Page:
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More than half of employees think the current economic difficulties are making both them and their colleagues feel stressed, with many also feeling their employers are illequipped to deal with the situation.
This is according to the latest Health of the Workplace report from Aviva Risk Management Solutions (formerly Norwich Union Risk Services). Echoing TUC concerns that the credit crunch has led to a return of the long-hours culture, James Draper, principal consultant for ARMS, said: “Longer working hours can cause severe problems, such as musculoskeletal and cardiovascular disorders, chronic infections, depression, stress and diabetes, as well as high blood pressure.”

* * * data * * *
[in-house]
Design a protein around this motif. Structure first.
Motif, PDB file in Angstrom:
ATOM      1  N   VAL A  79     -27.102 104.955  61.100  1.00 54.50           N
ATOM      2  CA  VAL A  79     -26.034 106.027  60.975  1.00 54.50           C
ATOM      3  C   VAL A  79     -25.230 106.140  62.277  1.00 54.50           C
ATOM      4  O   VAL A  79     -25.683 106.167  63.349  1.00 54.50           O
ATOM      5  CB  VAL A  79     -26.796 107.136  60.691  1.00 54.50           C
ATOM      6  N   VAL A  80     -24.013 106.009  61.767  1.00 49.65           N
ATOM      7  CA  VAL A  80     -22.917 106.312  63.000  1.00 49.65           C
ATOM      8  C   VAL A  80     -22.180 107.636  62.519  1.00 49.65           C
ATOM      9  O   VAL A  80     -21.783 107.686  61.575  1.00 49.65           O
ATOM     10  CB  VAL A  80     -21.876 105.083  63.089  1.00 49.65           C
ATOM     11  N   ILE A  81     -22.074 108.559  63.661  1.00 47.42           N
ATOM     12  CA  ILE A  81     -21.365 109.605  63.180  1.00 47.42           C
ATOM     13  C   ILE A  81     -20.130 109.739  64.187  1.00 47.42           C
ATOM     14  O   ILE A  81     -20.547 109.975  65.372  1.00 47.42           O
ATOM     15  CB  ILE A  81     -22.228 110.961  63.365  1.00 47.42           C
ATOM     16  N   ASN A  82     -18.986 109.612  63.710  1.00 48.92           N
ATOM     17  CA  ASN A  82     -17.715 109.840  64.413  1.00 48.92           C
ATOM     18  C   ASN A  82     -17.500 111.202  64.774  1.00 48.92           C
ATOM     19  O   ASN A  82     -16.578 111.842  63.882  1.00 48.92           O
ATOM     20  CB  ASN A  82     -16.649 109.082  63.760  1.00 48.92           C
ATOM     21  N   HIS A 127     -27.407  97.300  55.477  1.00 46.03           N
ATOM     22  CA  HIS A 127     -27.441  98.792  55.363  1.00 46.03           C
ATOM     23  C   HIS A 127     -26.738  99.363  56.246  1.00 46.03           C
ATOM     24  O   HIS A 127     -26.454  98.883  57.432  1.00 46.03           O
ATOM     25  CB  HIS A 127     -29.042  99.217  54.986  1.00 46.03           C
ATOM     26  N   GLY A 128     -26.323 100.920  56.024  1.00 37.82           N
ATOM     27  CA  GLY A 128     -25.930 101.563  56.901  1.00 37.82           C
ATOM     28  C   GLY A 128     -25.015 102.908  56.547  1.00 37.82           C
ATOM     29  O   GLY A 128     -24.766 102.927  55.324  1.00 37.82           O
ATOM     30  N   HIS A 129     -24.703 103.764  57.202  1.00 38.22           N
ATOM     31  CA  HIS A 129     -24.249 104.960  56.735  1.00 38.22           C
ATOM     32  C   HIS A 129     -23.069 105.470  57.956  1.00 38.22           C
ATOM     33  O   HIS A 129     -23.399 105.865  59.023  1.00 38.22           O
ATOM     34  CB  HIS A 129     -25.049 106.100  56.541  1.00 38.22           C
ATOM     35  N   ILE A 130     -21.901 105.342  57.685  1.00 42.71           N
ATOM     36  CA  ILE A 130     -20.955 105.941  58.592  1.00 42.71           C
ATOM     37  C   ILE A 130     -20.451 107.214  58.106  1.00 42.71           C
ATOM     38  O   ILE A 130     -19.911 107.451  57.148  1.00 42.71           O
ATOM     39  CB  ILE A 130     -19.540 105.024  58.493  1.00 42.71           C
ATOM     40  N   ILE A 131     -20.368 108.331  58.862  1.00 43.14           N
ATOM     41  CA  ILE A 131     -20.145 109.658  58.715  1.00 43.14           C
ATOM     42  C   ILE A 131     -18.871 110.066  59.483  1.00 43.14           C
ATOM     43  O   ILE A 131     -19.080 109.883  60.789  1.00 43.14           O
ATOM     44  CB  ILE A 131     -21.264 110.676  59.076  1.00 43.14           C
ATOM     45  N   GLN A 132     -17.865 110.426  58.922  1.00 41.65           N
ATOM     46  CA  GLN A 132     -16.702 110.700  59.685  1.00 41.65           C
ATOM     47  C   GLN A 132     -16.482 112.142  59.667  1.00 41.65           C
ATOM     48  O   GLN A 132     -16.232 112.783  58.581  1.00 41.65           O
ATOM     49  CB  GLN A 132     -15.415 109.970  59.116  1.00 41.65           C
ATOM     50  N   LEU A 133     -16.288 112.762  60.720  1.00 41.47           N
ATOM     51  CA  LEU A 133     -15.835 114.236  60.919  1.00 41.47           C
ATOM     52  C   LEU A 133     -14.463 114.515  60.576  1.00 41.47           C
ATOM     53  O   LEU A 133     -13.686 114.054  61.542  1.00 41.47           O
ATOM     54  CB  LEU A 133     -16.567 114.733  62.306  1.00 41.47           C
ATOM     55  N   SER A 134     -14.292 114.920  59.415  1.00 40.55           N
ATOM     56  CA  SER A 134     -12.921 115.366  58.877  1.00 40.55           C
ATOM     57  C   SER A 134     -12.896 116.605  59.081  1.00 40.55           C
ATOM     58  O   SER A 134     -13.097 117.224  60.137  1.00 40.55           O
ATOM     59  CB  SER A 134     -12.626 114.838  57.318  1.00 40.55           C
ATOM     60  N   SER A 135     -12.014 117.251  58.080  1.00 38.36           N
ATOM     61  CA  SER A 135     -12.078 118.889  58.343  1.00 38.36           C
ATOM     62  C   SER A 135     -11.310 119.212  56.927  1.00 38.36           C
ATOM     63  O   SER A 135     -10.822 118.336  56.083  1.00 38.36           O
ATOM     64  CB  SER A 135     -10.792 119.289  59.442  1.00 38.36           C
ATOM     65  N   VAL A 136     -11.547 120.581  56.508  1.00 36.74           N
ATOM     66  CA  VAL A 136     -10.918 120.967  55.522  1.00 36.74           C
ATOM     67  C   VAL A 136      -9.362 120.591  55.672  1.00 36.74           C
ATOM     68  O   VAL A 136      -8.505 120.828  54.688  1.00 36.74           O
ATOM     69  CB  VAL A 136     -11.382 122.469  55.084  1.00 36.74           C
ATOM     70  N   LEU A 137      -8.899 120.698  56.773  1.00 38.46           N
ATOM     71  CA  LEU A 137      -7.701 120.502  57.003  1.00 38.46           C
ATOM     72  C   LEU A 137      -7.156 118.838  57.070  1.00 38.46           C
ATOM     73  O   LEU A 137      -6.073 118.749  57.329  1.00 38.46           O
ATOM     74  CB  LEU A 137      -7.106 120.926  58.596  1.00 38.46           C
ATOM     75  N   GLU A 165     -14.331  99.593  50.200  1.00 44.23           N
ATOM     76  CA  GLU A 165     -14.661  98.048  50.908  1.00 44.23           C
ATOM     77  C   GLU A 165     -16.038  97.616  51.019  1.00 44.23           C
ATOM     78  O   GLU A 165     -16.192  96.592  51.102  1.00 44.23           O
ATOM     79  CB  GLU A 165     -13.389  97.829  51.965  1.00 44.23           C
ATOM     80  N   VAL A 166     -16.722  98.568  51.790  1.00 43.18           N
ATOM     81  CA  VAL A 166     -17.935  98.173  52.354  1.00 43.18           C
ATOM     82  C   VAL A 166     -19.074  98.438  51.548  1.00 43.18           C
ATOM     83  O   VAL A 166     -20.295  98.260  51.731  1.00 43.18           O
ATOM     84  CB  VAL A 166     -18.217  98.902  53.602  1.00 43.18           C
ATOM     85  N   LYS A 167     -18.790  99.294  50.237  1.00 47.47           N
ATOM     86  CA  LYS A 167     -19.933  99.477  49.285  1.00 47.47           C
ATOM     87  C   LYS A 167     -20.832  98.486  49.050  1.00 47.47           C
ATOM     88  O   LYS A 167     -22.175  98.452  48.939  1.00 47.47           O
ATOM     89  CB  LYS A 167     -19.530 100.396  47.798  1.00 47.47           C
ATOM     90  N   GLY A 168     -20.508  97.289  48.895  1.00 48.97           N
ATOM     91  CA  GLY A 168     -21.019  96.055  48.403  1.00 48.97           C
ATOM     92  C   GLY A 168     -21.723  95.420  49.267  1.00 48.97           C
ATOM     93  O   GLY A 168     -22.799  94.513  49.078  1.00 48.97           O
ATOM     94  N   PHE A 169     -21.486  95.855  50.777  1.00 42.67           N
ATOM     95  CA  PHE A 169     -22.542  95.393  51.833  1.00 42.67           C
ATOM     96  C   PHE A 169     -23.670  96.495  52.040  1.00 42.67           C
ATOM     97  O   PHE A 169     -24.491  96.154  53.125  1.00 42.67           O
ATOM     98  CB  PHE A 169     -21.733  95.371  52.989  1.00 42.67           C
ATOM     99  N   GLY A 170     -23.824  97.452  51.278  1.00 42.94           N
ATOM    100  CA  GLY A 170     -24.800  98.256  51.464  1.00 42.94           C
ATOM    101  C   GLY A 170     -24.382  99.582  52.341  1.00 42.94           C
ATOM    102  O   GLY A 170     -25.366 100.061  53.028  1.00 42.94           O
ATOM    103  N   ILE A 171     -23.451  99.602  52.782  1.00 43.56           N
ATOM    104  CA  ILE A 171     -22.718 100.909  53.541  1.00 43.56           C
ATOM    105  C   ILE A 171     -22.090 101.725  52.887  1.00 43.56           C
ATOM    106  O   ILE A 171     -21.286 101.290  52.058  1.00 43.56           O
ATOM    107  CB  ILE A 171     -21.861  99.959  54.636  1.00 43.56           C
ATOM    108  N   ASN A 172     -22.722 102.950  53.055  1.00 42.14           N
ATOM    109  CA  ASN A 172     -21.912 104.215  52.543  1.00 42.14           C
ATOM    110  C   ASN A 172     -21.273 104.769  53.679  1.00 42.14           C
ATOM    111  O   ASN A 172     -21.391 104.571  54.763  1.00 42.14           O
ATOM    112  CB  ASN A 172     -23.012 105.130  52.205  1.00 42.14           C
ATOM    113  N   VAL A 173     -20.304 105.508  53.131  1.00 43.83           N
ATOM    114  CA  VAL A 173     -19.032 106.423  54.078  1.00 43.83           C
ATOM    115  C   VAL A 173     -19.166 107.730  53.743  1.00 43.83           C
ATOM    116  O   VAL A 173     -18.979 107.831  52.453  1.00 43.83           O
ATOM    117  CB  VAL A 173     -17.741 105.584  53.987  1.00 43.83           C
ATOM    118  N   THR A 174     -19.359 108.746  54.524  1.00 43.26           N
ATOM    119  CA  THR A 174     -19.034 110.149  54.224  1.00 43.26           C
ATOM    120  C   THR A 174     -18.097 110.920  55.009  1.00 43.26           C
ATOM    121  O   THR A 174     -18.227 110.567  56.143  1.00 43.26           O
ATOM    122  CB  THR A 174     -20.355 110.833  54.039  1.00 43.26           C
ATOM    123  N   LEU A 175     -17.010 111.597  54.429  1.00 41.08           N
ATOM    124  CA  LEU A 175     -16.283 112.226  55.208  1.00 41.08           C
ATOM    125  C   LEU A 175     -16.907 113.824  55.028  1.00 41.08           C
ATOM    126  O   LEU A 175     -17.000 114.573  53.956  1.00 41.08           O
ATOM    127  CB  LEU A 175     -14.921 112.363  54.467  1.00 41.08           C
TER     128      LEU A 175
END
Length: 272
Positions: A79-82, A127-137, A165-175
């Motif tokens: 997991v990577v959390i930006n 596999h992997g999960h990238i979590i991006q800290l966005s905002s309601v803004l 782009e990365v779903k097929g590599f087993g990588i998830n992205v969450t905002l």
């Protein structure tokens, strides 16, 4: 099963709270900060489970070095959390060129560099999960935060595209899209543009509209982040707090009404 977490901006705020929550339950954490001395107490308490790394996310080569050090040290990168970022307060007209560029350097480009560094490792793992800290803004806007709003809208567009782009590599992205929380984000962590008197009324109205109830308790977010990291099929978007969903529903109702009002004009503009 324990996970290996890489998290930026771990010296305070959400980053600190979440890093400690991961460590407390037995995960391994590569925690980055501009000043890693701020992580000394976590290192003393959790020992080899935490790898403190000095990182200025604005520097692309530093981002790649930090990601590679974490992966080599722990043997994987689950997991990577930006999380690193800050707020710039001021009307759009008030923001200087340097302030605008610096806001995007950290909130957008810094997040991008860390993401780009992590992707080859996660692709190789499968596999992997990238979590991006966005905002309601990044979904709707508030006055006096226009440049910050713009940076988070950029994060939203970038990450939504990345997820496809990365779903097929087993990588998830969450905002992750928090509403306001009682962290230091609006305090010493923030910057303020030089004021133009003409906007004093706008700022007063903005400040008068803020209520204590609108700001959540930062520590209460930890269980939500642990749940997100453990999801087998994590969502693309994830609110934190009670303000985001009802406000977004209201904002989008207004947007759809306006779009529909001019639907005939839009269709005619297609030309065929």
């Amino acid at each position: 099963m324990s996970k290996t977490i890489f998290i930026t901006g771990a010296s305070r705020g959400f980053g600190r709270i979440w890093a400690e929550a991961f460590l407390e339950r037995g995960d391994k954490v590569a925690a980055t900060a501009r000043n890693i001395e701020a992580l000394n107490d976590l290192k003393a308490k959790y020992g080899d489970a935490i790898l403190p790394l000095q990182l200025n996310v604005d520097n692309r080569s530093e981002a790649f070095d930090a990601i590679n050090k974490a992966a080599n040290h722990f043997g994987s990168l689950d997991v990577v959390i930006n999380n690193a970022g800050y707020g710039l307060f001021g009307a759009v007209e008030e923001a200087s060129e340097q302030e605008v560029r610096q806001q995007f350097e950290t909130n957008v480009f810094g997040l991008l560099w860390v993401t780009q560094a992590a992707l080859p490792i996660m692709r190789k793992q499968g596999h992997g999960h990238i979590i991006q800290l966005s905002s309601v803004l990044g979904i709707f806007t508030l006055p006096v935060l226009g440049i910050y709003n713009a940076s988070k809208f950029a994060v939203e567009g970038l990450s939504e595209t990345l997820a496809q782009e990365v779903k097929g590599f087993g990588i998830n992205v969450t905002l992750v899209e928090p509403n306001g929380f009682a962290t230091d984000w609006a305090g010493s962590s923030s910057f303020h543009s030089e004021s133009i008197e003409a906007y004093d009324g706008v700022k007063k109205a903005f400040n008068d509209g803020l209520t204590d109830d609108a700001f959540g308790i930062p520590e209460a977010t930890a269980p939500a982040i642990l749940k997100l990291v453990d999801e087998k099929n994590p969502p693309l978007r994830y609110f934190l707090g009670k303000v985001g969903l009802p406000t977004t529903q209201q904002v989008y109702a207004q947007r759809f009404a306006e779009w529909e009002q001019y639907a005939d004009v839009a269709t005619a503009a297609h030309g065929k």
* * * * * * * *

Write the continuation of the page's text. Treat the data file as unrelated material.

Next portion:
To avoid such developments, Draper advised organisations to keep an eye on those who are struggling to cope: “Consider flexible working patterns and, if possible, increase resources and decrease workloads. Firms should be setting a good example in these tough times by not encouraging staff to ignore working-time legislation and steering clear of linking pay scales to increased hours and work loads. Training and development programmes should be implemented to improve time management and delegation. Top management commitment should also be encouraged to change the business culture to raise awareness of the issue.”